“Dana, this is Doris Buffett. I’ll be at Camp CaPella in 20 minutes!”
That’s how one of the most influential business families in the country today does its business of philanthropy — that is, personally.
Forbes magazine lists Warren Buffett as the wealthiest man in America. His sister Doris manages the Sunshine Lady Foundation with both a passion and a personal approach unlike anything we are used to seeing in the nonprofit world. This is in an environment where nearly everything, it seems — including grant applications — is done online. That’s impersonal, and you never know if anyone actually reads what you wrote.
Instead, Doris Buffett picks up the phone.
It was nearly two years ago that Doris first called me. “You probably have heard of my family and my brother Warren. I run a family foundation, the Sunshine Lady Foundation, and I read a story about Camp CaPella. I’d like you to send me more information about your camp.”
Thus began a very candid, straightforward, upfront and yes, a fun relationship between Camp CaPella and Doris Buffett — not just the Sunshine Lady Foundation, but the woman who started it.
Then one day in July with only a 20-minute notice, she drove to Camp CaPella to have a look around and see for herself. And like anyone who spends some time at Camp CaPella, it didn’t take long for her to “get it.”
She watched the kids at snack time, then story time. She talked with a few campers, including one little girl with cerebral palsy in her wheelchair. In a barely audible voice but with a big smile, she asked Doris about visiting “her” (the little girl’s) camp.
That sealed the deal. Of course I had no idea what the deal was. But the campers did all the selling, and they did it by just being themselves — kids with all kinds of disabilities, having fun, playing, just like any other kid in a place where everyone is accepted, regardless of their challenges in life.
Doris left understanding the importance of this camp and why our communities have struggled so hard to keep it alive.
So what could Doris do to help keep our beloved camp alive and well for years to come? Well, she doesn’t believe in handouts. Rather, she is giving us a hand up.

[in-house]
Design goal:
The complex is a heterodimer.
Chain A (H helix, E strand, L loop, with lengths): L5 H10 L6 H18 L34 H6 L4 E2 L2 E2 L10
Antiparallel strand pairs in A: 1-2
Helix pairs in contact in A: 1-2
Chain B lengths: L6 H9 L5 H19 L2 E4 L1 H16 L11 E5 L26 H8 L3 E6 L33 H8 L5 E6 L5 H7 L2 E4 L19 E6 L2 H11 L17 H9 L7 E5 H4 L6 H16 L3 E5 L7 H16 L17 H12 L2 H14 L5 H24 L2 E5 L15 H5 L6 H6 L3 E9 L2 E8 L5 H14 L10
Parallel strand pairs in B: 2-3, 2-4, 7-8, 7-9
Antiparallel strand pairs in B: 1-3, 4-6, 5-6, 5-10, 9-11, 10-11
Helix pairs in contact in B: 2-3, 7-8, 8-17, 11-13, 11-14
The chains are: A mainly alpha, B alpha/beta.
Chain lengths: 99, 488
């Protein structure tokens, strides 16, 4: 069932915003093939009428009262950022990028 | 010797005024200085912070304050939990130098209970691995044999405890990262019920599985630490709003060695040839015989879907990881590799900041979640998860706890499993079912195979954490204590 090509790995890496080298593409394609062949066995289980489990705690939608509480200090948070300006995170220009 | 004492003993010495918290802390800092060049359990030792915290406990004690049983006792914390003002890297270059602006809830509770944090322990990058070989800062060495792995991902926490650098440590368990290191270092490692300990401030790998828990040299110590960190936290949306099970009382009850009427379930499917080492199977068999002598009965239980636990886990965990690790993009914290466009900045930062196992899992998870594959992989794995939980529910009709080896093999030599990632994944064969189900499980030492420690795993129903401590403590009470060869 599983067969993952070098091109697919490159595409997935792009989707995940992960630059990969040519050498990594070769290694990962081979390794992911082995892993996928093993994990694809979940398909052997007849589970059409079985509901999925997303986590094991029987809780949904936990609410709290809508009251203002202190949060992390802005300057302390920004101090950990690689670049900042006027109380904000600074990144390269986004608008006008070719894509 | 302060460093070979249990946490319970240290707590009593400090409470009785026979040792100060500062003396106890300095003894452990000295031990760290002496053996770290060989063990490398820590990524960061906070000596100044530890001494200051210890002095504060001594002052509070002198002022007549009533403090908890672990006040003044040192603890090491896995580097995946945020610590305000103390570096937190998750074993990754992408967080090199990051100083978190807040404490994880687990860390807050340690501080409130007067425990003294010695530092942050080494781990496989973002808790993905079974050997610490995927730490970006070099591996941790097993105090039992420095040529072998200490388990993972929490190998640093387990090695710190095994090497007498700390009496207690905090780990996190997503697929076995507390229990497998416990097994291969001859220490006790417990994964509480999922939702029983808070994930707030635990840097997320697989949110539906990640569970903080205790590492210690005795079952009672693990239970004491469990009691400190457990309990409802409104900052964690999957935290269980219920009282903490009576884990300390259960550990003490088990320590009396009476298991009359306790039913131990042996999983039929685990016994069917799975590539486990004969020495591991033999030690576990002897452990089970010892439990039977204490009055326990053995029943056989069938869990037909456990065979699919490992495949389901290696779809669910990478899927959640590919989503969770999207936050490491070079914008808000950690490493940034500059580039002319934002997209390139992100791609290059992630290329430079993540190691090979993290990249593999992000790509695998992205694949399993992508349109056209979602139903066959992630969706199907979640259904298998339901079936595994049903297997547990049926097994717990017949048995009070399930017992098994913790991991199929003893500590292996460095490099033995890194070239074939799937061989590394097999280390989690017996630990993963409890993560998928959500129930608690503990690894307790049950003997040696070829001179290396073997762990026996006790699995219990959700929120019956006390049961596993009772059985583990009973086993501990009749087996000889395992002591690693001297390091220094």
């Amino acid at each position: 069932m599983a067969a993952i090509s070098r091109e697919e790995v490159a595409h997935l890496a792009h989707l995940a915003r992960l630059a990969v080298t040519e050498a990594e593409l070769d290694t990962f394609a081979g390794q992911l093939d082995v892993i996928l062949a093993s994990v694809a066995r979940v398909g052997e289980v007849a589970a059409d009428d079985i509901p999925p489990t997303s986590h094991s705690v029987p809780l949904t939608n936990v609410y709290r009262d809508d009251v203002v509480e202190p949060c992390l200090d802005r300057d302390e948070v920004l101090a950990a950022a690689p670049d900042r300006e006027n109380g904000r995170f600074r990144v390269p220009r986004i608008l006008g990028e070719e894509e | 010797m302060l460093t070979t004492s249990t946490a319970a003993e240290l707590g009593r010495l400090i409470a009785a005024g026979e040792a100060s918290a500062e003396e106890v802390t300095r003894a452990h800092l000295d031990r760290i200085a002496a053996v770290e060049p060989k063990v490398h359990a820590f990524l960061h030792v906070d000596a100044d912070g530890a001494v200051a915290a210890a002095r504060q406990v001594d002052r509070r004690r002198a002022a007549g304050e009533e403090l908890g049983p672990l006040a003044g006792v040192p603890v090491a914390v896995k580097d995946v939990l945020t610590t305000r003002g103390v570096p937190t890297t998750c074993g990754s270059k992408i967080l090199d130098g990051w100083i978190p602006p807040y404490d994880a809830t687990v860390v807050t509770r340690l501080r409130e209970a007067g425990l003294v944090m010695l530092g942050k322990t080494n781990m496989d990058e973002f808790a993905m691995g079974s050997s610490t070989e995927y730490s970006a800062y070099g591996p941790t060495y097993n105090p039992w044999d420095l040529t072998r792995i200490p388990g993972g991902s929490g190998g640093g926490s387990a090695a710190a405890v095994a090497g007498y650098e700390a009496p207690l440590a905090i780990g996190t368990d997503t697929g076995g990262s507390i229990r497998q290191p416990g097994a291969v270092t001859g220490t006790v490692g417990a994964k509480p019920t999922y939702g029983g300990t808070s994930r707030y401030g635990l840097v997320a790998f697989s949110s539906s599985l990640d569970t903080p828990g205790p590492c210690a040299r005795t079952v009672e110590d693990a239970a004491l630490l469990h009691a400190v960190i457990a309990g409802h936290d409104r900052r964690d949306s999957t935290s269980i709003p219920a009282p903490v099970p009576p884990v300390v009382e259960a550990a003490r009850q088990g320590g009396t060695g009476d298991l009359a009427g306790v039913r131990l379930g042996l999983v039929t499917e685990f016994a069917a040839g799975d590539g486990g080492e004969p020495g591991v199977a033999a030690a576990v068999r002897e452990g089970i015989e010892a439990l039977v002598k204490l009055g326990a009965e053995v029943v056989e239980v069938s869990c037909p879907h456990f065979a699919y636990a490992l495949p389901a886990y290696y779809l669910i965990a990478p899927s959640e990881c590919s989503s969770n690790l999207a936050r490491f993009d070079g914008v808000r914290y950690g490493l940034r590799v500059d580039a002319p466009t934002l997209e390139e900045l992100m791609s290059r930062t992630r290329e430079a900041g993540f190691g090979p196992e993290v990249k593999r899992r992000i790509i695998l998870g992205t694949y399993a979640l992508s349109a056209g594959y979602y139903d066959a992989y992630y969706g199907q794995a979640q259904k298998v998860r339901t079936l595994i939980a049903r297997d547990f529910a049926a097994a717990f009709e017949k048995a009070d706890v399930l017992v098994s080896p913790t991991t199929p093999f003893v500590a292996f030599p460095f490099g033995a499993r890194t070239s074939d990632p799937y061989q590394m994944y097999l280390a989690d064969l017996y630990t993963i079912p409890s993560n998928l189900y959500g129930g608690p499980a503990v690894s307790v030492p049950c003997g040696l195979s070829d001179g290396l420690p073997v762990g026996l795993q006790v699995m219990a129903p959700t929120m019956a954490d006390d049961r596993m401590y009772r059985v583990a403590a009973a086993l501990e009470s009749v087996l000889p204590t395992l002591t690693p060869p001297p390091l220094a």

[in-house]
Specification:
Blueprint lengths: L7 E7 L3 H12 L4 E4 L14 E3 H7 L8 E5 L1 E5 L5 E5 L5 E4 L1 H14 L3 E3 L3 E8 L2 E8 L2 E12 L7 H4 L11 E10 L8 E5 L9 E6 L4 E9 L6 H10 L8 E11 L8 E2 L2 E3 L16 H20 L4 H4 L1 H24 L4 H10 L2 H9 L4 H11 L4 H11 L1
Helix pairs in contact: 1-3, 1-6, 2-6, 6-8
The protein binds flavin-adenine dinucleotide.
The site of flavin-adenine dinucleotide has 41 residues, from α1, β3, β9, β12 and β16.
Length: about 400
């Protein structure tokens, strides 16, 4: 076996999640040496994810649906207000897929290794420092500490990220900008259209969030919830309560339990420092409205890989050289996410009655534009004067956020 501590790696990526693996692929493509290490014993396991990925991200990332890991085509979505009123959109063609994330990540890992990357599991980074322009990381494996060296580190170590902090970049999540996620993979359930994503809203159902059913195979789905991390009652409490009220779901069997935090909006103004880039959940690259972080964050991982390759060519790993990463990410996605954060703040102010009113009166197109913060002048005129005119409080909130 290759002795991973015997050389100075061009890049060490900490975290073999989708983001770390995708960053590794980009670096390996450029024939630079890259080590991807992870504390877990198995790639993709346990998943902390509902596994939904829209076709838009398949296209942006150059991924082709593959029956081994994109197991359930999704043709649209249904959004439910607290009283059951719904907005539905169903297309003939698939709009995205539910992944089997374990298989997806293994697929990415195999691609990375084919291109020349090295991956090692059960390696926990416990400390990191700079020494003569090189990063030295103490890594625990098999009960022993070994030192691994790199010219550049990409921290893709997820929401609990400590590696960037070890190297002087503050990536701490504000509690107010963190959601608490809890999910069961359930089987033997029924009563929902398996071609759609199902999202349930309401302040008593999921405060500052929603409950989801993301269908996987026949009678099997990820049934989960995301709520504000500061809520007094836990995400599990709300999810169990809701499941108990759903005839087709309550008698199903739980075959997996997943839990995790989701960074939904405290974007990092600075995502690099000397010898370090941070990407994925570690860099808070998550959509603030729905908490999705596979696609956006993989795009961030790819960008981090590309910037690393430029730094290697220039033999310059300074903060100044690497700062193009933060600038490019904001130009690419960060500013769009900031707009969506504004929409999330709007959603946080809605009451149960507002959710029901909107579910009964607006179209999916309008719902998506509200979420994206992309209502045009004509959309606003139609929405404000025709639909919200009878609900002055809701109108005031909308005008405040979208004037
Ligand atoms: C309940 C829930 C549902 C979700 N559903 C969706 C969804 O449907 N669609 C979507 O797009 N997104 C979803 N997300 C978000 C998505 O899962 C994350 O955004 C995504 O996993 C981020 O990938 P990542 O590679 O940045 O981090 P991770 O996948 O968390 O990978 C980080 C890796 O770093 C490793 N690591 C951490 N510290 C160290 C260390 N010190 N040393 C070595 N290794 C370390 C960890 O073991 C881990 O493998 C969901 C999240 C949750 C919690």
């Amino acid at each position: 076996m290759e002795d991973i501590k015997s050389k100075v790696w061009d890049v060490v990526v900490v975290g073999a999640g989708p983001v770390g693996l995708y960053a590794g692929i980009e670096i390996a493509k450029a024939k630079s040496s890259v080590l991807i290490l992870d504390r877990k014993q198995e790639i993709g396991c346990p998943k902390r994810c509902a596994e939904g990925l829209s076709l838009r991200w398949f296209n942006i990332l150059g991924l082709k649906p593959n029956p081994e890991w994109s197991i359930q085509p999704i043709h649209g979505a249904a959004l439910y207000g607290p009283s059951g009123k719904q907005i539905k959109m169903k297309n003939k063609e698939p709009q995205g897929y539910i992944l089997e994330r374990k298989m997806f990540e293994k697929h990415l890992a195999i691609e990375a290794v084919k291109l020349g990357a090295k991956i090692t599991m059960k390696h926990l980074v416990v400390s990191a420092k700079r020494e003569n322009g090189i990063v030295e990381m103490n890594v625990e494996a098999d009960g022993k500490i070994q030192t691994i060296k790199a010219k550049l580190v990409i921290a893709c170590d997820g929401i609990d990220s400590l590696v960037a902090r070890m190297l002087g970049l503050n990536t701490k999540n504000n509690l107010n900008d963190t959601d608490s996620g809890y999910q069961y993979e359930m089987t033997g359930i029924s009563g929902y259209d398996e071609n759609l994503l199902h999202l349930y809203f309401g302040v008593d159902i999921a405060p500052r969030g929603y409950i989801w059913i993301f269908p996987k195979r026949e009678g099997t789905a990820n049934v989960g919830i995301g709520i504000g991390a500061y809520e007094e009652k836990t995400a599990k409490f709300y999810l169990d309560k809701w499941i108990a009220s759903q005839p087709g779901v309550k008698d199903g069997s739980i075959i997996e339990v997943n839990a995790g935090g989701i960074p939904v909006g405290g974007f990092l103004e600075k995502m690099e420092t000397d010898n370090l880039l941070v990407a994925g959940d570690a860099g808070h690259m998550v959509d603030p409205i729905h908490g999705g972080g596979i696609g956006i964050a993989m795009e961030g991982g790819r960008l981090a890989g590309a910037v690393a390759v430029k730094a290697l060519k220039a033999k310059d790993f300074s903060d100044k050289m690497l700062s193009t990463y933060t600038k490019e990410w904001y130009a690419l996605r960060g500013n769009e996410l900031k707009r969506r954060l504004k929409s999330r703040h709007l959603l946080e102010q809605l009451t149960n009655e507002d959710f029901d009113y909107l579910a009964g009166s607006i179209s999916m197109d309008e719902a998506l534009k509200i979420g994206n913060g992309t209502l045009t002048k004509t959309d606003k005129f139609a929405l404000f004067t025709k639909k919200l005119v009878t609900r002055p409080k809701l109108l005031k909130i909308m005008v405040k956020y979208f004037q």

She wants to give Camp CaPella a solid foundation to build on, and she wants to see that we and our communities will continue to build and sustain Camp CaPella. She wants to know that members of the board of directors will dig in and be actively involved in and committed to the cause. She wants to build collaborative efforts with other people who support Camp CaPella.
After her visit to the camp, she met with key board members from Camp CaPella and United Cerebral Palsy of Maine. She was clear and decisive. We couldn’t build the camp and ask people for capital improvements on property that Camp CaPella didn’t own. UCP of Maine owned the property.
We had no kind of financial safety net. We had to raise every dime of our operating costs every year, with no state funds or federal funds or economic stimulus funds. Rather we had to ask contributors just to dig in their pockets and sponsor a child to camp.
So Doris Buffett said she would buy the camp for Camp CaPella, while expecting a very good deal from UCP of Maine. She asked that UCP of Maine place the proceeds from the purchase into a trust fund that would sponsor children and adults to Camp CaPella every year. She also offered to provide matching funds to help build an endowment for Camp CaPella as well. Still we must prove that we can step up to the plate and earn the future opportunities of this gift of ownership.
And Doris quipped: “I am 83 years old, so you need to act quickly on this offer.”
So where do we go from here? Remember that this gift is a “hand up.” Camp CaPella must still raise all our operating funding and find people, service organizations and businesses to sponsor kids to camp. In addition, sometime this year we have to match her $65,000 in challenge grants to be placed in an endowment fund to begin building that financial safety net.
Camp CaPella has earned the support of one of this country’s most highly respected business families and from a lady who does her homework before investing in giving to others. And she does it in a personal way.
We hope she will serve as an inspiration to us all. How about you? Can we earn your help and support? Sponsor a child with disabilities to Camp CaPella and enable memories for a lifetime for kids who will treasure them. That’s good for all of us, a worthy purpose we can all share.
Dana Mosher is the executive director of Camp CaPella. With handicapped-accessible facilities on Phillips Lake in Dedham, Camp CaPella provides year-round recreation to children and adults with physical and developmental disabilities.